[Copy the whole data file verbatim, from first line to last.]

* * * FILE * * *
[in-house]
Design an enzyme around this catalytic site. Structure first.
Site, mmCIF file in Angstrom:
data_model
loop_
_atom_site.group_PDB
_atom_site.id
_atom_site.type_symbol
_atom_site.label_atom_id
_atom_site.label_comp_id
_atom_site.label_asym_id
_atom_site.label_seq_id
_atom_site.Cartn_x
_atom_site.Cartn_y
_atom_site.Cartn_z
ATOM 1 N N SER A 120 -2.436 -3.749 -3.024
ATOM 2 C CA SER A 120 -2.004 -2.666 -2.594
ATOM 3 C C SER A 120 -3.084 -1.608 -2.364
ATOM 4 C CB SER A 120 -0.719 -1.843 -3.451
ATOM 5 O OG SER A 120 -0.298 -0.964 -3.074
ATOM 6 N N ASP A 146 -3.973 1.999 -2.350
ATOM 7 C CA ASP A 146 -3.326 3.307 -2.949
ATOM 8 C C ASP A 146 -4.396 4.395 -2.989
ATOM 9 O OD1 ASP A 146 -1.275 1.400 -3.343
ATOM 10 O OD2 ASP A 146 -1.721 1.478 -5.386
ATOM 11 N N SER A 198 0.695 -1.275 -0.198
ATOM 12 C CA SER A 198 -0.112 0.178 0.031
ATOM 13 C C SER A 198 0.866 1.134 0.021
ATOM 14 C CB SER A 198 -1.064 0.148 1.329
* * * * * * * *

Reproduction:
[in-house]
Design an enzyme around this catalytic site. Structure first.
Site, mmCIF file in Angstrom:
data_model
loop_
_atom_site.group_PDB
_atom_site.id
_atom_site.type_symbol
_atom_site.label_atom_id
_atom_site.label_comp_id
_atom_site.label_asym_id
_atom_site.label_seq_id
_atom_site.Cartn_x
_atom_site.Cartn_y
_atom_site.Cartn_z
ATOM 1 N N SER A 120 -2.436 -3.749 -3.024
ATOM 2 C CA SER A 120 -2.004 -2.666 -2.594
ATOM 3 C C SER A 120 -3.084 -1.608 -2.364
ATOM 4 C CB SER A 120 -0.719 -1.843 -3.451
ATOM 5 O OG SER A 120 -0.298 -0.964 -3.074
ATOM 6 N N ASP A 146 -3.973 1.999 -2.350
ATOM 7 C CA ASP A 146 -3.326 3.307 -2.949
ATOM 8 C C ASP A 146 -4.396 4.395 -2.989
ATOM 9 O OD1 ASP A 146 -1.275 1.400 -3.343
ATOM 10 O OD2 ASP A 146 -1.721 1.478 -5.386
ATOM 11 N N SER A 198 0.695 -1.275 -0.198
ATOM 12 C CA SER A 198 -0.112 0.178 0.031
ATOM 13 C C SER A 198 0.866 1.134 0.021
ATOM 14 C CB SER A 198 -1.064 0.148 1.329